NEW YORK – Stories of conflict fill today’s headlines: whether it is Syria’s civil war, street battles in Ukraine, terrorism in Nigeria, or police crackdowns in Brazil, the gruesome immediacy of violence is all too apparent. But, while commentators debate geostrategic considerations, deterrence, ethnic strife, and the plight of ordinary people caught in the middle, dispassionate discussion of another, vital aspect of conflict – its economic cost – is rare.
Violence comes with a hefty price tag. The global cost of containing violence or dealing with its consequences reached a staggering $9.5 trillion (11% of global GDP) in 2012. This is more than twice the size of the global agriculture sector and dwarfs total spending on foreign aid.
Given these colossal sums, it is essential that policymakers properly analyze where and how this money is spent, and consider ways to reduce the total. Unfortunately, these questions are seldom given serious consideration. To a large extent, this is because military campaigns are usually motivated by geostrategic concerns, not financial logic. Although opponents of the Iraq war might accuse the United States of coveting the country’s oil fields, the campaign was uneconomical, to say the least. The Vietnam War and other conflicts were also financial catastrophes.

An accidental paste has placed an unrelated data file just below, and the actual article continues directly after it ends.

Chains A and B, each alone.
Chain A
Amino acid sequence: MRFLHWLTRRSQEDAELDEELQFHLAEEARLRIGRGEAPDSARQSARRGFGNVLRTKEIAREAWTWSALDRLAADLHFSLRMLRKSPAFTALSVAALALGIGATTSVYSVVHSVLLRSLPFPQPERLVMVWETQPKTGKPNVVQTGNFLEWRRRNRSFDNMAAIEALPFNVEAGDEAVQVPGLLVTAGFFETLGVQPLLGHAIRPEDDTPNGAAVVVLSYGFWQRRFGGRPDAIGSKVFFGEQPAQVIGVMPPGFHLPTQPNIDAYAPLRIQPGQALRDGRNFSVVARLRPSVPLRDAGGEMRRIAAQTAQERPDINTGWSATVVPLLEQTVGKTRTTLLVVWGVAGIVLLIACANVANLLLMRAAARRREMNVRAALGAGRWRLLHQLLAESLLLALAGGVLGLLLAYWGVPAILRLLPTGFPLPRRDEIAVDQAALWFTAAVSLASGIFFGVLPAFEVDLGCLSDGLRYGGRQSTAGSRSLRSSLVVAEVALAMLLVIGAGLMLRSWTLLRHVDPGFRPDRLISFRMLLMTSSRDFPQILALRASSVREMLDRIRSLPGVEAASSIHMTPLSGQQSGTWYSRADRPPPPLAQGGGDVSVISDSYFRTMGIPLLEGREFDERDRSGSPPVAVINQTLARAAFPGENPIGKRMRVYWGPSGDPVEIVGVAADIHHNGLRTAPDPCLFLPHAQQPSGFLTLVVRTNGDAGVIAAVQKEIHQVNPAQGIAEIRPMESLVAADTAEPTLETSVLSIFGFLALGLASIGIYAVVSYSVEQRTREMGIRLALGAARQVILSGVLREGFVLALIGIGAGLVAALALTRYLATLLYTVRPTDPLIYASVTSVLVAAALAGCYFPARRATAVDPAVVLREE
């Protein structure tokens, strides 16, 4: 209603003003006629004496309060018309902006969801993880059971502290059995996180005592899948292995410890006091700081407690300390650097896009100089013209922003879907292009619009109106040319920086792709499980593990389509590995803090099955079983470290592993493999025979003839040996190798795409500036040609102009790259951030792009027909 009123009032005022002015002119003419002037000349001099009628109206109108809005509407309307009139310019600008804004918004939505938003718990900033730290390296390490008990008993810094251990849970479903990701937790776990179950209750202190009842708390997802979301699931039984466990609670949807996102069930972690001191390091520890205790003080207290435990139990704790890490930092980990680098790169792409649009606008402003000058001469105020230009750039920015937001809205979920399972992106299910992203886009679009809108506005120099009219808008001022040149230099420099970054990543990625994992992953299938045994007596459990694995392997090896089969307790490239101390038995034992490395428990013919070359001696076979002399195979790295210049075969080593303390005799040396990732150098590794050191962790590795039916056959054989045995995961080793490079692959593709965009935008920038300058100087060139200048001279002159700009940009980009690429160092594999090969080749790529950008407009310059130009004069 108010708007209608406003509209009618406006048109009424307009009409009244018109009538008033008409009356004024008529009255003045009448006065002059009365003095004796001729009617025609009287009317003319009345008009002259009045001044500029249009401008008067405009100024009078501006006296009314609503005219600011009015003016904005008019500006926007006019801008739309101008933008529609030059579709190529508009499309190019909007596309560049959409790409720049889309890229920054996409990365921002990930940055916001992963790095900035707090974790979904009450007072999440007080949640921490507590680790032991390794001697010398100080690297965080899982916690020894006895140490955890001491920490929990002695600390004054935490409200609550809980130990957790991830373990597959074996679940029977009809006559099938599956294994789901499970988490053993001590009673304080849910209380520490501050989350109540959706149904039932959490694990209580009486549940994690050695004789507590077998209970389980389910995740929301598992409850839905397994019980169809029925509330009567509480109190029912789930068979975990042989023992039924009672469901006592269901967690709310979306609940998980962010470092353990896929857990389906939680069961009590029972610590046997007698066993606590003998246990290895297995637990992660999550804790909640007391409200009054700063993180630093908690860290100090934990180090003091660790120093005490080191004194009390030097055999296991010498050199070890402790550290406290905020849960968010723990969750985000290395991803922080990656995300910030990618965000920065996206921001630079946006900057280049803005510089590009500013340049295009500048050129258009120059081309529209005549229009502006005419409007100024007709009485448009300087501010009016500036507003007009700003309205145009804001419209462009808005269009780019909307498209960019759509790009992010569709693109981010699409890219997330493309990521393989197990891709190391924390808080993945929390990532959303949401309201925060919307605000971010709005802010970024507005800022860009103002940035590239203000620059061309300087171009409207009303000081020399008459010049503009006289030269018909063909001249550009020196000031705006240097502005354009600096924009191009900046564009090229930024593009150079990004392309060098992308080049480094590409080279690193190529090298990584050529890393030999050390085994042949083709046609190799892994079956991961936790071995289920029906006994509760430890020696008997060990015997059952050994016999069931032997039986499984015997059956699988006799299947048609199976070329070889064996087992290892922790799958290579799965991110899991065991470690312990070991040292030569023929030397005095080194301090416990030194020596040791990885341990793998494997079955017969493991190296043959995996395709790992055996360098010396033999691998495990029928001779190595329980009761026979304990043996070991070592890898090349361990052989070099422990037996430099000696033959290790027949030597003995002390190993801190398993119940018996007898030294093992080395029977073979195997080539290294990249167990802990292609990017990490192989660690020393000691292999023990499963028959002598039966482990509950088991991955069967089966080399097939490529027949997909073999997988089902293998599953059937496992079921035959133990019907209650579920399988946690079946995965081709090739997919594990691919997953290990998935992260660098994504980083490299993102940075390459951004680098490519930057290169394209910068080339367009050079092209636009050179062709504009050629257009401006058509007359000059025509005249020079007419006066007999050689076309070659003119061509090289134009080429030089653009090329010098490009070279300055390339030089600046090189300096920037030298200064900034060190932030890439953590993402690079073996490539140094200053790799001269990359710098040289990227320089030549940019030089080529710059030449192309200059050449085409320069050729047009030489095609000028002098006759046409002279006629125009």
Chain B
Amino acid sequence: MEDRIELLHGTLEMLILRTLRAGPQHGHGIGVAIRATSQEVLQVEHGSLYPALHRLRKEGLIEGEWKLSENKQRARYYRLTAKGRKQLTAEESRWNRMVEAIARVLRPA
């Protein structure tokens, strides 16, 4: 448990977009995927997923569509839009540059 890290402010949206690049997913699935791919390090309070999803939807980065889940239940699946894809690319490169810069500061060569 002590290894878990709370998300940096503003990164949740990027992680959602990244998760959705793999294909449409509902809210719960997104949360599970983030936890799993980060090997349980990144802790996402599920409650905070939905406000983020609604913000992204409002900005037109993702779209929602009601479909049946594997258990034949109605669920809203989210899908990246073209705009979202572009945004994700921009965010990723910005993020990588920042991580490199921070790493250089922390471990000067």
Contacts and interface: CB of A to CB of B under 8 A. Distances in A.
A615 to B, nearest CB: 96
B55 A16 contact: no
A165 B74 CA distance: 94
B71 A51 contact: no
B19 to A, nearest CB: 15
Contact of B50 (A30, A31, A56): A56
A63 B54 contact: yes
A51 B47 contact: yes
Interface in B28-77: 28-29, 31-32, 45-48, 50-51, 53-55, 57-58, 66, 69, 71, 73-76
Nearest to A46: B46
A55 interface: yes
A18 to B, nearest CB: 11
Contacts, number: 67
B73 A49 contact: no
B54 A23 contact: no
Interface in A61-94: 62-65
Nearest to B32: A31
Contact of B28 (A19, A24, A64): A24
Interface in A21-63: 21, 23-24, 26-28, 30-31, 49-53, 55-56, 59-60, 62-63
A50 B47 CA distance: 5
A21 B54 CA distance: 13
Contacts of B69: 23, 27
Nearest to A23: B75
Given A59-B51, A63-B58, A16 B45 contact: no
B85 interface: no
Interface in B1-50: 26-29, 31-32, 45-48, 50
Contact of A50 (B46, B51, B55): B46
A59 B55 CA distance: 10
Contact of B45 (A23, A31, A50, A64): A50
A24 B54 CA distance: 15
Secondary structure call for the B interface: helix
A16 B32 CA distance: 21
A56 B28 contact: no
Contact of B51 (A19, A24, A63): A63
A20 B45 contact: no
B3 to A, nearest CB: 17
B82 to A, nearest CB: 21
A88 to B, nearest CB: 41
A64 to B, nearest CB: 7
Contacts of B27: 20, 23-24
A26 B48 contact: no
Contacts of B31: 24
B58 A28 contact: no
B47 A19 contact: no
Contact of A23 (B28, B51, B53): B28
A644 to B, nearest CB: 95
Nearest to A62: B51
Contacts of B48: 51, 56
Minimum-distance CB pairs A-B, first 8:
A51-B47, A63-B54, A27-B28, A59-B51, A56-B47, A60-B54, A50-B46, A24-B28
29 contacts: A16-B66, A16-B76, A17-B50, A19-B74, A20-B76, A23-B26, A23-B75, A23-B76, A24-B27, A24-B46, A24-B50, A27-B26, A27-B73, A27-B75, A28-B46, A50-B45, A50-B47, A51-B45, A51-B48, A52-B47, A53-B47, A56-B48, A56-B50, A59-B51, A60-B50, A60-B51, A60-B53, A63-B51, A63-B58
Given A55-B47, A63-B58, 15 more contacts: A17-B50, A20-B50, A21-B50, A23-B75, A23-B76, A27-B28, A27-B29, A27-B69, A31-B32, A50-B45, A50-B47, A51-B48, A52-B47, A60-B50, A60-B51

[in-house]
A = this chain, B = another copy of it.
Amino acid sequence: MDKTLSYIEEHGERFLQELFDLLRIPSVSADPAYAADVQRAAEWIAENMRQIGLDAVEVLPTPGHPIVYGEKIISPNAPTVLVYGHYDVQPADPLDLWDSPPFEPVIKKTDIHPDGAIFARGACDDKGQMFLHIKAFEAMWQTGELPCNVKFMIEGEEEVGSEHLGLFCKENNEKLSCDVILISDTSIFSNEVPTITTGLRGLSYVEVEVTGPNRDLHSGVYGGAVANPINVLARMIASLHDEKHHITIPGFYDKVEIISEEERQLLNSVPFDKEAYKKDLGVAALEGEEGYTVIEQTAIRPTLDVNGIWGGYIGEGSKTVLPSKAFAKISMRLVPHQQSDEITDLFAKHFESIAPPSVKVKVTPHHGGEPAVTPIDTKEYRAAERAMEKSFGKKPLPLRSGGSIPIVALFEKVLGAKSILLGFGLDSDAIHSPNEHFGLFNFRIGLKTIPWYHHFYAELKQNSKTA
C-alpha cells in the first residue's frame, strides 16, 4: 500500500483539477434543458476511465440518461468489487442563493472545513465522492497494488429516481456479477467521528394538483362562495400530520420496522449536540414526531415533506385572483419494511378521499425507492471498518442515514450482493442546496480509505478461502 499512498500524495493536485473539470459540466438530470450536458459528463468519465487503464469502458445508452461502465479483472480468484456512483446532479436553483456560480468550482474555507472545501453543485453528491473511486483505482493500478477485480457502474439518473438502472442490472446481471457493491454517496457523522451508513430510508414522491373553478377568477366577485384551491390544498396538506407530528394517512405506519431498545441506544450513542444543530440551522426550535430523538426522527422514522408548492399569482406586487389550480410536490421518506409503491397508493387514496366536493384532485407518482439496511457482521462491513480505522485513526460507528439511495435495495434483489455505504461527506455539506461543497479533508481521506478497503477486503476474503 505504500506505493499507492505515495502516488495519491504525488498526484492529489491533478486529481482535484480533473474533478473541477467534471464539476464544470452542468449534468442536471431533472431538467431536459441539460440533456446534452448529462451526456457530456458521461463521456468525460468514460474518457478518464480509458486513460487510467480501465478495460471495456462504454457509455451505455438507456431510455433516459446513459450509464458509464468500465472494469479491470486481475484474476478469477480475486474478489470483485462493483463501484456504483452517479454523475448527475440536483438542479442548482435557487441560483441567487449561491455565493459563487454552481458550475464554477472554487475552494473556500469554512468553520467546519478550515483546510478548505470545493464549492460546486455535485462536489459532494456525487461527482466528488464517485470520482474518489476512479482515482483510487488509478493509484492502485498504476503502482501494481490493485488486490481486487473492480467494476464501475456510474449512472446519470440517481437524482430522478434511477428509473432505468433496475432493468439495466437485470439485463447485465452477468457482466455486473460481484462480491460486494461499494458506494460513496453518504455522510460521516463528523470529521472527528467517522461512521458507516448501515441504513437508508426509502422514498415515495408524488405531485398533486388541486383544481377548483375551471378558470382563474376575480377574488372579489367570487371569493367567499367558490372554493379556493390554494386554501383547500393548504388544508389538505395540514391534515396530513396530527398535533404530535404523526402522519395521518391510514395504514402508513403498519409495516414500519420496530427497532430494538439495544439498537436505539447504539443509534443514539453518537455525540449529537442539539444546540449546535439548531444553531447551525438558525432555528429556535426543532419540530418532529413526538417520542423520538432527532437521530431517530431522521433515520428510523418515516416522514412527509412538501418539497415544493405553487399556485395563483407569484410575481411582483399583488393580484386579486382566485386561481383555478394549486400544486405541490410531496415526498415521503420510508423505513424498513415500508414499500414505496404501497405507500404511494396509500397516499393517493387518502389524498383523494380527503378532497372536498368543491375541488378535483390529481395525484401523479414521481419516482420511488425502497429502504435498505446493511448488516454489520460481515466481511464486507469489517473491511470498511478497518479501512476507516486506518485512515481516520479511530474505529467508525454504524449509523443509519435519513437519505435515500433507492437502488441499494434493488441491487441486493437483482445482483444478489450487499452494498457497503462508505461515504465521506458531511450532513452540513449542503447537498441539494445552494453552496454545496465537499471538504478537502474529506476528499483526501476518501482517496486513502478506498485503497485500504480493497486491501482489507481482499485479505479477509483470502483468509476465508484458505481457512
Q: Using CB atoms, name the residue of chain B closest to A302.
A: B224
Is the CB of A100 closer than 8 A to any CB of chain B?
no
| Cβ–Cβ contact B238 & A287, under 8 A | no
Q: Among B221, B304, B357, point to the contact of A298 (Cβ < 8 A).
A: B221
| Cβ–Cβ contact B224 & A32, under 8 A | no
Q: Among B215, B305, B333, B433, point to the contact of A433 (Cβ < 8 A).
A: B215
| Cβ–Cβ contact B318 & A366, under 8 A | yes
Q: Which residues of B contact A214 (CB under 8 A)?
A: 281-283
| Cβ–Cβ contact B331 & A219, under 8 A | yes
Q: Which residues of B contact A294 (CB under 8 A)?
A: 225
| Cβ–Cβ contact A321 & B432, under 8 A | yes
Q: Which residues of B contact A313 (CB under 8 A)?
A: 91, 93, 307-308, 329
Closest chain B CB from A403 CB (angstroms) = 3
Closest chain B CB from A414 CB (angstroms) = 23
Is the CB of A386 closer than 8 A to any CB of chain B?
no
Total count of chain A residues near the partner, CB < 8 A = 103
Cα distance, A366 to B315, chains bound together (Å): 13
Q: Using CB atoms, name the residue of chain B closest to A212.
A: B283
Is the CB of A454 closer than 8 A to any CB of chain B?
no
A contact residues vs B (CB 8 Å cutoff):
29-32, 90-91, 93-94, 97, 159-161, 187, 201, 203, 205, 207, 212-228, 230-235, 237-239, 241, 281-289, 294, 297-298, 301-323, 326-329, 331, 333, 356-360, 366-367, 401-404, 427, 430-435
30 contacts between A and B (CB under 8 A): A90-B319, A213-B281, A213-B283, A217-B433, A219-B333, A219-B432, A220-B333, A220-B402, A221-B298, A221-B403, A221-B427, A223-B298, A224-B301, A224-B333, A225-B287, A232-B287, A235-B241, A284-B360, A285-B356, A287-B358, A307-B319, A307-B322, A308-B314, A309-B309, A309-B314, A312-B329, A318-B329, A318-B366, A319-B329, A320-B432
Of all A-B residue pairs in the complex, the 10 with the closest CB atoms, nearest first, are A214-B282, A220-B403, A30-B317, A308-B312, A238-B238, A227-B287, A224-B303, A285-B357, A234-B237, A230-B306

Similar doubts accompany arms spending during peacetime. One might, for example, question the financial logic of Australia’s recent decision to spend $24 billion on the purchase of problem-plagued Joint Strike Fighters while simultaneously preparing the country for the most stringent budget cuts in decades.